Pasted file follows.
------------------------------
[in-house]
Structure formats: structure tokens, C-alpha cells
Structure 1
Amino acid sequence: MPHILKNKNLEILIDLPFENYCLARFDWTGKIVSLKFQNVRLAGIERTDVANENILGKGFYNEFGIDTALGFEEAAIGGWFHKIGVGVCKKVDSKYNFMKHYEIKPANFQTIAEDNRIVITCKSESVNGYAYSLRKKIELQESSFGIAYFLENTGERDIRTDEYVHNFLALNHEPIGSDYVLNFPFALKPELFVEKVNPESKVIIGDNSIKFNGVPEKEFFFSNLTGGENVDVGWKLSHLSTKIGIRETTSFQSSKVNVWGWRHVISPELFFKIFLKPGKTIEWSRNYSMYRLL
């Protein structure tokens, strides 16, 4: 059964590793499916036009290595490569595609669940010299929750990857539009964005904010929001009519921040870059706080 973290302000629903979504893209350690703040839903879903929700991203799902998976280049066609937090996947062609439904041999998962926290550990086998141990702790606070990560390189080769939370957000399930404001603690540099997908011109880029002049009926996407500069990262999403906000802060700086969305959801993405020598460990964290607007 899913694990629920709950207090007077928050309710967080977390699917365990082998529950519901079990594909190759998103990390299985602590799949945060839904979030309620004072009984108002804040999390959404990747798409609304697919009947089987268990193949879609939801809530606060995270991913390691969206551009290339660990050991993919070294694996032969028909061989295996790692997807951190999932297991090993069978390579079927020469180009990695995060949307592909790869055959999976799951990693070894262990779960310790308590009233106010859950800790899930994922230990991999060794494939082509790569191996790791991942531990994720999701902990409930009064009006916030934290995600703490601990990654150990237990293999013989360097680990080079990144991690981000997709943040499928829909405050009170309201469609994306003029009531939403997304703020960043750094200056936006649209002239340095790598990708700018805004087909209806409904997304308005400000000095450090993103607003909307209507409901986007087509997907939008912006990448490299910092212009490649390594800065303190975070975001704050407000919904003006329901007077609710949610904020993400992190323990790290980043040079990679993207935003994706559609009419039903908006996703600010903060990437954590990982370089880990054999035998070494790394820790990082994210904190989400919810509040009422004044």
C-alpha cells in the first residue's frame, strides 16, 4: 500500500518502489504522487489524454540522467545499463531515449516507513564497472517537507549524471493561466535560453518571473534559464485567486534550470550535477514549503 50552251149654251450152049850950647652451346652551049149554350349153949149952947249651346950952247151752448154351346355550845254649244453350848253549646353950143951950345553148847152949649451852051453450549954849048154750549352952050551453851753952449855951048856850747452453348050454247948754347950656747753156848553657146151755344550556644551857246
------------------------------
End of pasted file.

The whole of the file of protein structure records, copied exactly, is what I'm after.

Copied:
[in-house]
Structure formats: structure tokens, C-alpha cells
Structure 1
Amino acid sequence: MPHILKNKNLEILIDLPFENYCLARFDWTGKIVSLKFQNVRLAGIERTDVANENILGKGFYNEFGIDTALGFEEAAIGGWFHKIGVGVCKKVDSKYNFMKHYEIKPANFQTIAEDNRIVITCKSESVNGYAYSLRKKIELQESSFGIAYFLENTGERDIRTDEYVHNFLALNHEPIGSDYVLNFPFALKPELFVEKVNPESKVIIGDNSIKFNGVPEKEFFFSNLTGGENVDVGWKLSHLSTKIGIRETTSFQSSKVNVWGWRHVISPELFFKIFLKPGKTIEWSRNYSMYRLL
């Protein structure tokens, strides 16, 4: 059964590793499916036009290595490569595609669940010299929750990857539009964005904010929001009519921040870059706080 973290302000629903979504893209350690703040839903879903929700991203799902998976280049066609937090996947062609439904041999998962926290550990086998141990702790606070990560390189080769939370957000399930404001603690540099997908011109880029002049009926996407500069990262999403906000802060700086969305959801993405020598460990964290607007 899913694990629920709950207090007077928050309710967080977390699917365990082998529950519901079990594909190759998103990390299985602590799949945060839904979030309620004072009984108002804040999390959404990747798409609304697919009947089987268990193949879609939801809530606060995270991913390691969206551009290339660990050991993919070294694996032969028909061989295996790692997807951190999932297991090993069978390579079927020469180009990695995060949307592909790869055959999976799951990693070894262990779960310790308590009233106010859950800790899930994922230990991999060794494939082509790569191996790791991942531990994720999701902990409930009064009006916030934290995600703490601990990654150990237990293999013989360097680990080079990144991690981000997709943040499928829909405050009170309201469609994306003029009531939403997304703020960043750094200056936006649209002239340095790598990708700018805004087909209806409904997304308005400000000095450090993103607003909307209507409901986007087509997907939008912006990448490299910092212009490649390594800065303190975070975001704050407000919904003006329901007077609710949610904020993400992190323990790290980043040079990679993207935003994706559609009419039903908006996703600010903060990437954590990982370089880990054999035998070494790394820790990082994210904190989400919810509040009422004044």
C-alpha cells in the first residue's frame, strides 16, 4: 500500500518502489504522487489524454540522467545499463531515449516507513564497472517537507549524471493561466535560453518571473534559464485567486534550470550535477514549503 50552251149654251450152049850950647652451346652551049149554350349153949149952947249651346950952247151752448154351346355550845254649244453350848253549646353950143951950345553148847152949649451852051453450549954849048154750549352952050551453851753952449855951048856850747452453348050454247948754347950656747753156848553657146151755344550556644551857246